Aging and Investment Decisions

“I’m not broke, but I'm severely bent.” —Anonymous

“Before my mother died a few years ago, she was pestered by a seemingly endless barrage of annuity schemes and mortgage offers. Despite the fact that she was suffering from throat cancer and could barely speak, she received repeated unsolicited sales pitches over the phone and even in person. Even though my father was suffering from Alzheimer’s disease, the brokers preyed upon him as well.”

Chairman Christopher Cox of the U.S. Securities and Exchange Commission made the above statement before the Special Committee on Aging of the United States Senate on September 5, 2007. The session was entitled, “Protecting Senior Citizens from Investment Fraud.” The committee was formed because of the prevalence of fraudulent investment schemes directed primarily toward older adults. Factors such as greater wealth of the elderly, more free time, and lack of social support contribute to this recognized phenomenon.

Evidence by Natalie Denburg, PhD, and her colleagues at the University of Iowa and the University of Southern California in Los Angeles, suggest another reason: the elderly are prey because aging affects decision-making abilities adversely in some older individuals. Denburg recently published three papers in the area. The first, entitled, “The Ability to Decide Advantageously Declines Prematurely in Some Normal Older Persons.” was published in Neuropsychologia, 2005/43 (7): 1099-1106.

In the 2005 paper, Denburg and her colleagues studied healthy adults divided into two groups, younger (26 to 55 years) and older (56 to 85 years). They used the Iowa gambling test (IGT), which is designed to provide a parallel to real life by figuring in reward, punishment, and unpredictability. It works like this: the participants choose cards from four decks, each of which has a different payoff. Then, the subjects receive feedback so that they know how much money they lost or gained. Because of the feedback, normal subjects learn to avoid card decks that give high immediate gains, but larger future losses over time.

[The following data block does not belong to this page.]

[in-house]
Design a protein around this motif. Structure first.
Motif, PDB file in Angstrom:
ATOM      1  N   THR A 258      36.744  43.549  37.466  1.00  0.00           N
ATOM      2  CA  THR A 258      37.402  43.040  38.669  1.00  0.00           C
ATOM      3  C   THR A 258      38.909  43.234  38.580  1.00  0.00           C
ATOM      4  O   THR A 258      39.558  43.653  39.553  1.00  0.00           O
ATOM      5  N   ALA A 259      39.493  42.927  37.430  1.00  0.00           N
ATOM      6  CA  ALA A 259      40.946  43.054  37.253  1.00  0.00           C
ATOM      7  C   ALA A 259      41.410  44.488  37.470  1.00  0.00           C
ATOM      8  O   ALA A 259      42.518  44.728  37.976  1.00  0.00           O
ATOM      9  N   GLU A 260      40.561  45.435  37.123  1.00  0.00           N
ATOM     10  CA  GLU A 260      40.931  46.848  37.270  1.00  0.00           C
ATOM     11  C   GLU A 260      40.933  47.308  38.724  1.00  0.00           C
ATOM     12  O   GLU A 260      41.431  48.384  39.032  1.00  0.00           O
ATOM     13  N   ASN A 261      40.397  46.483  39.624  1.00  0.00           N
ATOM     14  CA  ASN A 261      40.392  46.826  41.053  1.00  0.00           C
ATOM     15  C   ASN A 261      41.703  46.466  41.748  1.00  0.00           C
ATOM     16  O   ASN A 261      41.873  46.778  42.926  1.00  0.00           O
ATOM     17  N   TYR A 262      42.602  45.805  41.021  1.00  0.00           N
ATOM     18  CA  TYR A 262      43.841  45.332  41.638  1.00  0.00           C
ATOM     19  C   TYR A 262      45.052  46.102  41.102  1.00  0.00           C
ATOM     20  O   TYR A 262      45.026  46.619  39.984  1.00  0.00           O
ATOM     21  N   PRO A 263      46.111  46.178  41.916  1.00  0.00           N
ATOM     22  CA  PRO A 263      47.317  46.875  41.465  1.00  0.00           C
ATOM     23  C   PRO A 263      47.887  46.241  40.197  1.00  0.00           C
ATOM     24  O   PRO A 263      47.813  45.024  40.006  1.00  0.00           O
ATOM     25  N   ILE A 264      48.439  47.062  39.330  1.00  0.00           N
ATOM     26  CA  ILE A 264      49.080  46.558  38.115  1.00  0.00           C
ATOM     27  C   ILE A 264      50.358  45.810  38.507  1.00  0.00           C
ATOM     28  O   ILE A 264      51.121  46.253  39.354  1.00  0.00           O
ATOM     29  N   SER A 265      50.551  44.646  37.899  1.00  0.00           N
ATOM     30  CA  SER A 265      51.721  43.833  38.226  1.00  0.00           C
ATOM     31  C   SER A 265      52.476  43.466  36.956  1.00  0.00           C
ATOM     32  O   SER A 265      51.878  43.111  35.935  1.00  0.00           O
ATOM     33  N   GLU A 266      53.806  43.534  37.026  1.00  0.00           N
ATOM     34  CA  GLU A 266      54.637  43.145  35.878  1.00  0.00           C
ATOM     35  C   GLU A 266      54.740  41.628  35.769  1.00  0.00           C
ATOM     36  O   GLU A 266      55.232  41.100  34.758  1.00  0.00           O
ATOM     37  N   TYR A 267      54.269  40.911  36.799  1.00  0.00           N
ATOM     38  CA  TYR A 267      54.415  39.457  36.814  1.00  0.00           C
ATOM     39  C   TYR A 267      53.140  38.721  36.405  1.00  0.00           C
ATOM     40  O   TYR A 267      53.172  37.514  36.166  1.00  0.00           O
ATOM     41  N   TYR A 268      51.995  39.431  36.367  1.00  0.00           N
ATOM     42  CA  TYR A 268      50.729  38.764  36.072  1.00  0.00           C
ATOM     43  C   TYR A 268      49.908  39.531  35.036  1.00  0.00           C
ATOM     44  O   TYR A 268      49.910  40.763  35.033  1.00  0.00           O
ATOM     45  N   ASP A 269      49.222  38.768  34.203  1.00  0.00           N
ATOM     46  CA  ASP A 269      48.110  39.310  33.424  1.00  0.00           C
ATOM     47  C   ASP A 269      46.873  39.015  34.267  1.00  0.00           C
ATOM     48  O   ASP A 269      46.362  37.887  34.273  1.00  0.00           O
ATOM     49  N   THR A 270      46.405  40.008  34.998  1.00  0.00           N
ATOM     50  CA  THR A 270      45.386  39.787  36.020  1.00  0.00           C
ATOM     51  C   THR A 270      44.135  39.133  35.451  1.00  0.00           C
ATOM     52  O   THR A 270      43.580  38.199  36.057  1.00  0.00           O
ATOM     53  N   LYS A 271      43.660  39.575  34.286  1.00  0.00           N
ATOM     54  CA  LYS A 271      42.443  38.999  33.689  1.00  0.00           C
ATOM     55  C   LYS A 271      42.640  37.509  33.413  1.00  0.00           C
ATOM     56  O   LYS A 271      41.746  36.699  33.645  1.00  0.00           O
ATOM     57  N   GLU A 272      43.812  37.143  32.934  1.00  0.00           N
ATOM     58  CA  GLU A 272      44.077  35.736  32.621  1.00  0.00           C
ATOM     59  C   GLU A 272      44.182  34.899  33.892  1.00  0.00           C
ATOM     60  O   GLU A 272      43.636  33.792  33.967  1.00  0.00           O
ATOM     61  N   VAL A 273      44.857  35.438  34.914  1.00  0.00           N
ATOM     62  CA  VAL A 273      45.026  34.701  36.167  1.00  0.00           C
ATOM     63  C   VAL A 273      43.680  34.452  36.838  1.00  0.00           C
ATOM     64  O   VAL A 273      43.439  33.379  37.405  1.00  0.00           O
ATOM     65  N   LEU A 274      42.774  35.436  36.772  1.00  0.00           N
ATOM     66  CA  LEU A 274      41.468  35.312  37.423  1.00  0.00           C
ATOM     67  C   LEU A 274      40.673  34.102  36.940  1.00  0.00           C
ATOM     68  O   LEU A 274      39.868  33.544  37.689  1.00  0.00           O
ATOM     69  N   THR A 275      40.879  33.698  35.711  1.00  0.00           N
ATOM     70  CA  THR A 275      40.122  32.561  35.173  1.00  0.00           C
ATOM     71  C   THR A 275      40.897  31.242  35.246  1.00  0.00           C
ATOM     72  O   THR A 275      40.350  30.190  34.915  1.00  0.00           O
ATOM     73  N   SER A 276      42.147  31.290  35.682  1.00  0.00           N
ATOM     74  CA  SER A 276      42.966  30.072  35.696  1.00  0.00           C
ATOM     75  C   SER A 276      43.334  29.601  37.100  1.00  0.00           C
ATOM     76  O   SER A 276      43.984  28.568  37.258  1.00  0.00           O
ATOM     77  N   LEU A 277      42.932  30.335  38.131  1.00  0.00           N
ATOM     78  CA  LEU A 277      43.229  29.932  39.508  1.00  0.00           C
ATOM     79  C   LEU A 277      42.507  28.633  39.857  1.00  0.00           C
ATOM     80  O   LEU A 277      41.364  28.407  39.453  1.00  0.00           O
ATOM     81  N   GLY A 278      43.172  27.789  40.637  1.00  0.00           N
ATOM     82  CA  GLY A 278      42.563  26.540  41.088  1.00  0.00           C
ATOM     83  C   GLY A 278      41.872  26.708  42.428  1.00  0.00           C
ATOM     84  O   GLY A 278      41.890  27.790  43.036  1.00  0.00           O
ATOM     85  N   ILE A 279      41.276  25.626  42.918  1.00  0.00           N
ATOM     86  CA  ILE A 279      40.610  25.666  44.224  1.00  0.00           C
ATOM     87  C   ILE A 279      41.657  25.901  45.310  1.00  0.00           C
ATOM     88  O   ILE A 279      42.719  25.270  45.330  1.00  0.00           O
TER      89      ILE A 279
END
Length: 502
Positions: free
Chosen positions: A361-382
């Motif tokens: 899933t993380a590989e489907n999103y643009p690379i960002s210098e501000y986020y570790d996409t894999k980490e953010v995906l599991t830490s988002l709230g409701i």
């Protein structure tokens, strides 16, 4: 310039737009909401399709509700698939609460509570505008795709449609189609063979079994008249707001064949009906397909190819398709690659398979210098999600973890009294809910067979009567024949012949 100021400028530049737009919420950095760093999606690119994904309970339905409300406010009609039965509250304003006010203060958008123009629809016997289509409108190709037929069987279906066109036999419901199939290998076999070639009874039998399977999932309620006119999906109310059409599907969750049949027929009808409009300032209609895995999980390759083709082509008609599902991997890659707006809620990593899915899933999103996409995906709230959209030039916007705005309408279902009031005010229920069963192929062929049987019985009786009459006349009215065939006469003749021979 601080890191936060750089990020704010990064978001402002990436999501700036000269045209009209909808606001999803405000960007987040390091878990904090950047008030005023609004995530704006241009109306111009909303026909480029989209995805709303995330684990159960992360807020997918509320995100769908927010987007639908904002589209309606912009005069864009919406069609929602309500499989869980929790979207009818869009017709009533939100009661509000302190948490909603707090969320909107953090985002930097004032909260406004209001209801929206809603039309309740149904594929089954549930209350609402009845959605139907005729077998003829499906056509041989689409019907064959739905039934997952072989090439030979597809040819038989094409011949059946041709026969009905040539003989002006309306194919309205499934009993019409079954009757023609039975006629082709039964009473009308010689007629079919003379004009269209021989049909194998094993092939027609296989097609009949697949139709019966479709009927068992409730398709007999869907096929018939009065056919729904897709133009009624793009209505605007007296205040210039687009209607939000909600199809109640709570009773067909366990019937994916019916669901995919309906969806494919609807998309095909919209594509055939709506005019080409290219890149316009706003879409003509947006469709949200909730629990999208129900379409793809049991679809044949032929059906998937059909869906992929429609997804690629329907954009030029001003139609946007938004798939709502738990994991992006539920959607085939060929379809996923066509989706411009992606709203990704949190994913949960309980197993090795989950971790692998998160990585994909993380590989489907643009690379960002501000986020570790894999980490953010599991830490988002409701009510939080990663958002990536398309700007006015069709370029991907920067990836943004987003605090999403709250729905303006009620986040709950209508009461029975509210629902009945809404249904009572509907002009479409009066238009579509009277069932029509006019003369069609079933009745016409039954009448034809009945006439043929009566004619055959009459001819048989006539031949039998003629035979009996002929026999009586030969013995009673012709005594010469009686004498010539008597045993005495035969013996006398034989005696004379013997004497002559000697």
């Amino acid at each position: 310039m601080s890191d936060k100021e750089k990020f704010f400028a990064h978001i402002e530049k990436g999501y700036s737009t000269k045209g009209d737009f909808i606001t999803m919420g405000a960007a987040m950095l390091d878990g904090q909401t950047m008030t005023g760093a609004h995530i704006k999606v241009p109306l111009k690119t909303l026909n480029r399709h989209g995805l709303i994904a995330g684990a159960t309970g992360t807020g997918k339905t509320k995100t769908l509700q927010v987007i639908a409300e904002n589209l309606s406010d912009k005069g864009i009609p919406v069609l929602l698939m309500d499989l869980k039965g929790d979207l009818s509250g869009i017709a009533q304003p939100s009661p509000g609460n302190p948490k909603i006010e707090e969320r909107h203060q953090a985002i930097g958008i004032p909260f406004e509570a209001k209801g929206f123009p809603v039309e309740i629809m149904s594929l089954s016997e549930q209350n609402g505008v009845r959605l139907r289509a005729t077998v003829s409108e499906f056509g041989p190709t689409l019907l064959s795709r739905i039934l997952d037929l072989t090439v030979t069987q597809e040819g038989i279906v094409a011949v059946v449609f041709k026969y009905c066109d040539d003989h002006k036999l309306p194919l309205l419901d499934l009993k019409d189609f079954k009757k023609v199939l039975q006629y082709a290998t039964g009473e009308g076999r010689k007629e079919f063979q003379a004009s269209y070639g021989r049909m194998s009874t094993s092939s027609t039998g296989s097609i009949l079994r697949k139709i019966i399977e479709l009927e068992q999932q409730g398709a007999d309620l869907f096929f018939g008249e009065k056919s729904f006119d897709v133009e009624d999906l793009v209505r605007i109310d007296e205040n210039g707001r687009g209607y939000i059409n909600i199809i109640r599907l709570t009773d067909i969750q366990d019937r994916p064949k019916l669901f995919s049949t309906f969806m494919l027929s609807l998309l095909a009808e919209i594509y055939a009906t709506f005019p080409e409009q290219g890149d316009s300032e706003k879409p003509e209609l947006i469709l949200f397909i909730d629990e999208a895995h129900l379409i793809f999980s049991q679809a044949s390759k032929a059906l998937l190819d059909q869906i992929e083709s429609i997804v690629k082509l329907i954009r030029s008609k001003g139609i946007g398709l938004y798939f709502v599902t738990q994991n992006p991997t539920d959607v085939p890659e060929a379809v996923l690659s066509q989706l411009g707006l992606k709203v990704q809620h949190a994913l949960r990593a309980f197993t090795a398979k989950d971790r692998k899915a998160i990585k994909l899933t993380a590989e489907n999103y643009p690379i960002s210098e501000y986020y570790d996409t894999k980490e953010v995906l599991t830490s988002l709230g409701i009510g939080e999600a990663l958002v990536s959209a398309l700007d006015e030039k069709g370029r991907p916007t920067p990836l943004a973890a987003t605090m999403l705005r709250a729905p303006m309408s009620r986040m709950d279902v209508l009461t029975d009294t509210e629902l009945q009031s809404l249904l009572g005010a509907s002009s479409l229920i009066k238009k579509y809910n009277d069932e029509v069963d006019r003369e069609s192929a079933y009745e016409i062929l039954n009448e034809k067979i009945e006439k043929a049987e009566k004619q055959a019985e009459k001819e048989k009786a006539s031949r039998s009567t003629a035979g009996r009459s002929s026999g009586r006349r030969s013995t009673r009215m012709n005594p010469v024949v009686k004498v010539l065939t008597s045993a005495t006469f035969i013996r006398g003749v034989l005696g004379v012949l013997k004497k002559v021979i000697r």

But one group in the study was different. Denburg found that an older subset (35% to 40%) exhibited a decision-making impairment on the gambling test, even though they had otherwise intact cognitive functioning. They persisted in choosing the card decks that gave high immediate gains, but larger future losses over time, just the reverse of their age comparable colleagues and the younger group. Since the prefrontal cortex is critical to decision making, the authors postulated that this subset of the older group might have alterations in the prefrontal cortex that their age matched co-participants and younger controls did not.

In an recent e-mail to me, Denburg gave a summary of this work:

Those studies support the notion that some older individuals, approximately 35%, have significant difficulty with reasoning and decision-making, as indexed by the IGT. This impairment occurred in the absence of frank neurological or psychiatric disease, and there was no evidence that it could be explained by premorbid factors, overall health status, or cognitive weaknesses. This finding raises the possibility of disproportionate aging of the ventromedial prefrontal cortex in these individuals.

This aging deficit in some seniors could have important implications as to why some older people so often fall victim to fraud. It also could contribute to other poor financial choices. Recognition and appreciation of these findings among physicians can go a long way in not only recognizing this phenomenon in their patients, but also helping them prepare for their own financial vulnerability in old age. Poor financial decision-making in the elderly is a red light to a possible identifiable underlying cause. A referral to a neurologist is indicated. For the older physician, a personal action step that can be taken is to implement a sound money management succession plan and specify under what circumstances it should be employed.

In a Nutshell

Recent research by Denburg and colleagues suggest that there is an organic reason why some older adults make poor financial decisions. Aging itself may cause deficits in a subsection of the elderly population. Since the prefrontal cortex is critical to decision-making, the authors postulated that this subset of the older group might have alterations in the prefrontal cortex that their age matched co-participants and younger controls did not.

This finding has important implications for practicing physicians as well as older doctors. The former should aware of how to approach elderly patients who exhibit poor decisions. The latter could use the information to their benefit by assuring an orderly financial succession plan for themselves and other older adults in their families.